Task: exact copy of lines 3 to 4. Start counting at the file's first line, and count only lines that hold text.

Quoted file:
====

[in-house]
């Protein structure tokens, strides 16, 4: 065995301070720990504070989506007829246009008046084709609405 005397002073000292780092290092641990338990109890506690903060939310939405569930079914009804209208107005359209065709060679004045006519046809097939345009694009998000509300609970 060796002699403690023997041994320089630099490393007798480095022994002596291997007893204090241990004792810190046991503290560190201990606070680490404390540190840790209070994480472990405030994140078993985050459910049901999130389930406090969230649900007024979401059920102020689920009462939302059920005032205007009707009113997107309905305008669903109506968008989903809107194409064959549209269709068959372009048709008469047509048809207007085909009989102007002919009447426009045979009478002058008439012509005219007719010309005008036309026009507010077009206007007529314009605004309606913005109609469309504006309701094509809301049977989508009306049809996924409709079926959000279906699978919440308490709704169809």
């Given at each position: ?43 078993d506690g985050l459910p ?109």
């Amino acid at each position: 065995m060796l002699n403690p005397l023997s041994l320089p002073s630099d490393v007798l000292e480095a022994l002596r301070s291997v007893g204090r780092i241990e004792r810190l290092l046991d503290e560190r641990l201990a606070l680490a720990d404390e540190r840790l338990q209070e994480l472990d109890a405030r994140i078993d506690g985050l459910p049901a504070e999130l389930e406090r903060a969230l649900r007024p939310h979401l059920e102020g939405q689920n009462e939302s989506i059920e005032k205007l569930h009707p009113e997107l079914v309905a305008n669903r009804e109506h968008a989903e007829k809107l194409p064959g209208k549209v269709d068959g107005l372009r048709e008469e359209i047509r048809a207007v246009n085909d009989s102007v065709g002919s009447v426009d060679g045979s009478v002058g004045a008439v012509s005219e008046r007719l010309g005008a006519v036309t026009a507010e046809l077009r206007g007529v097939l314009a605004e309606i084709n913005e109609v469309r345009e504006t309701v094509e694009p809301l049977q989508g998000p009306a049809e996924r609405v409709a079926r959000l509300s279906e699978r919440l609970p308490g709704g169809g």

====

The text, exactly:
């Given at each position: ?43 078993d506690g985050l459910p ?109």
């Amino acid at each position: 065995m060796l002699n403690p005397l023997s041994l320089p002073s630099d490393v007798l000292e480095a022994l002596r301070s291997v007893g204090r780092i241990e004792r810190l290092l046991d503290e560190r641990l201990a606070l680490a720990d404390e540190r840790l338990q209070e994480l472990d109890a405030r994140i078993d506690g985050l459910p049901a504070e999130l389930e406090r903060a969230l649900r007024p939310h979401l059920e102020g939405q689920n009462e939302s989506i059920e005032k205007l569930h009707p009113e997107l079914v309905a305008n669903r009804e109506h968008a989903e007829k809107l194409p064959g209208k549209v269709d068959g107005l372009r048709e008469e359209i047509r048809a207007v246009n085909d009989s102007v065709g002919s009447v426009d060679g045979s009478v002058g004045a008439v012509s005219e008046r007719l010309g005008a006519v036309t026009a507010e046809l077009r206007g007529v097939l314009a605004e309606i084709n913005e109609v469309r345009e504006t309701v094509e694009p809301l049977q989508g998000p009306a049809e996924r609405v409709a079926r959000l509300s279906e699978r919440l609970p308490g709704g169809g």